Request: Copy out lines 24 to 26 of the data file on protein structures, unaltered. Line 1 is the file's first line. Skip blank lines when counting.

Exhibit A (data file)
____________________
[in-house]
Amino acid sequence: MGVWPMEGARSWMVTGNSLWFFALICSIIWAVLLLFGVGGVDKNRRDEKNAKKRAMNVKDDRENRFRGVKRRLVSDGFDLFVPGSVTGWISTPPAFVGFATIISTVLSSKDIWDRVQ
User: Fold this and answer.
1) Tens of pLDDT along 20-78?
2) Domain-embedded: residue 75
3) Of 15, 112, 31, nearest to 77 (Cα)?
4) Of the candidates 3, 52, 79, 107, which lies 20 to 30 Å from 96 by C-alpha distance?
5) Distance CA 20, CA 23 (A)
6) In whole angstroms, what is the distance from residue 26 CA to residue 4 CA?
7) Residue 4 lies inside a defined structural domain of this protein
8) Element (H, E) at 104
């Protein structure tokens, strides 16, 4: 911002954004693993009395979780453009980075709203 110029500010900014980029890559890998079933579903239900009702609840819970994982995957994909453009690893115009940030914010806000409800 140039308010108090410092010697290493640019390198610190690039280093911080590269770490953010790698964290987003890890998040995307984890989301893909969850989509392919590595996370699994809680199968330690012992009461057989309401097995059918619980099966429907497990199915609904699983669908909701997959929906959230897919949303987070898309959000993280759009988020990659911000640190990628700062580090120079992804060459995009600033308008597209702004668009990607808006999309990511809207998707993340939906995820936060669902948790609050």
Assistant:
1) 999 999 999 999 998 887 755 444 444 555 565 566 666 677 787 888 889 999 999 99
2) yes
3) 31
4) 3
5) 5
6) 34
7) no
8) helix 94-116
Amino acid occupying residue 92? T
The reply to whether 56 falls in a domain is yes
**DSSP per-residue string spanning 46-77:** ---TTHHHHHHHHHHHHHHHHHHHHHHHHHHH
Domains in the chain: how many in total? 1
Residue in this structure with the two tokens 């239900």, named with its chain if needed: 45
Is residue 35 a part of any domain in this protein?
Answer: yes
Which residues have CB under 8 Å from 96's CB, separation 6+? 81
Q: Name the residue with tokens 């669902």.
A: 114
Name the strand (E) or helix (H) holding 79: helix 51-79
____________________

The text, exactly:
**DSSP per-residue string spanning 46-77:** ---TTHHHHHHHHHHHHHHHHHHHHHHHHHHH
Domains in the chain: how many in total? 1
Residue in this structure with the two tokens 């239900």, named with its chain if needed: 45